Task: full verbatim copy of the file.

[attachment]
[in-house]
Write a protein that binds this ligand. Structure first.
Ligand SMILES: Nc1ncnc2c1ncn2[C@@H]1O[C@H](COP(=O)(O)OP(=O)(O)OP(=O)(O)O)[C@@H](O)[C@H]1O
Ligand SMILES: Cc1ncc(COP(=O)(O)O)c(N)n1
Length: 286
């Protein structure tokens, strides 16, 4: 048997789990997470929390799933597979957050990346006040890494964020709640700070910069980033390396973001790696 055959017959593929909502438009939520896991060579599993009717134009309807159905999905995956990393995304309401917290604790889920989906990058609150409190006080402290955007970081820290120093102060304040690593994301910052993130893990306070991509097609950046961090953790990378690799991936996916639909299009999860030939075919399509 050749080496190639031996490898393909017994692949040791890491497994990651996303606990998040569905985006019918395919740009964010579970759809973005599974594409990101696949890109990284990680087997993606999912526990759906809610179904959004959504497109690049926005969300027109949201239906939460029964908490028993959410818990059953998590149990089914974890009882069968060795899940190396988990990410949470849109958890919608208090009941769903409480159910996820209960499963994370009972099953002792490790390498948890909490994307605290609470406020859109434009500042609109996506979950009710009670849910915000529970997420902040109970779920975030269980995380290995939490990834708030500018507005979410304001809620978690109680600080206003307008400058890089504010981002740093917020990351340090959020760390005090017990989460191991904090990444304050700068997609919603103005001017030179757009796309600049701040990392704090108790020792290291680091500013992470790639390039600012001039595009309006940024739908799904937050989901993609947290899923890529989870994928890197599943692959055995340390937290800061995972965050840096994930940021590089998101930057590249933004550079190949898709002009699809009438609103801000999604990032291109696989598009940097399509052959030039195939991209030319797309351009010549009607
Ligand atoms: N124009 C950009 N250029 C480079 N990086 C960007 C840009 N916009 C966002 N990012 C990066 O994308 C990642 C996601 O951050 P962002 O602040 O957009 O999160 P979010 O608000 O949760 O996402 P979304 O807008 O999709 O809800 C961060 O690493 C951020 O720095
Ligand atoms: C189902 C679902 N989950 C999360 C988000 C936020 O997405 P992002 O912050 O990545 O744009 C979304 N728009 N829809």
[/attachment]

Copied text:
[in-house]
Write a protein that binds this ligand. Structure first.
Ligand SMILES: Nc1ncnc2c1ncn2[C@@H]1O[C@H](COP(=O)(O)OP(=O)(O)OP(=O)(O)O)[C@@H](O)[C@H]1O
Ligand SMILES: Cc1ncc(COP(=O)(O)O)c(N)n1
Length: 286
């Protein structure tokens, strides 16, 4: 048997789990997470929390799933597979957050990346006040890494964020709640700070910069980033390396973001790696 055959017959593929909502438009939520896991060579599993009717134009309807159905999905995956990393995304309401917290604790889920989906990058609150409190006080402290955007970081820290120093102060304040690593994301910052993130893990306070991509097609950046961090953790990378690799991936996916639909299009999860030939075919399509 050749080496190639031996490898393909017994692949040791890491497994990651996303606990998040569905985006019918395919740009964010579970759809973005599974594409990101696949890109990284990680087997993606999912526990759906809610179904959004959504497109690049926005969300027109949201239906939460029964908490028993959410818990059953998590149990089914974890009882069968060795899940190396988990990410949470849109958890919608208090009941769903409480159910996820209960499963994370009972099953002792490790390498948890909490994307605290609470406020859109434009500042609109996506979950009710009670849910915000529970997420902040109970779920975030269980995380290995939490990834708030500018507005979410304001809620978690109680600080206003307008400058890089504010981002740093917020990351340090959020760390005090017990989460191991904090990444304050700068997609919603103005001017030179757009796309600049701040990392704090108790020792290291680091500013992470790639390039600012001039595009309006940024739908799904937050989901993609947290899923890529989870994928890197599943692959055995340390937290800061995972965050840096994930940021590089998101930057590249933004550079190949898709002009699809009438609103801000999604990032291109696989598009940097399509052959030039195939991209030319797309351009010549009607
Ligand atoms: N124009 C950009 N250029 C480079 N990086 C960007 C840009 N916009 C966002 N990012 C990066 O994308 C990642 C996601 O951050 P962002 O602040 O957009 O999160 P979010 O608000 O949760 O996402 P979304 O807008 O999709 O809800 C961060 O690493 C951020 O720095
Ligand atoms: C189902 C679902 N989950 C999360 C988000 C936020 O997405 P992002 O912050 O990545 O744009 C979304 N728009 N829809």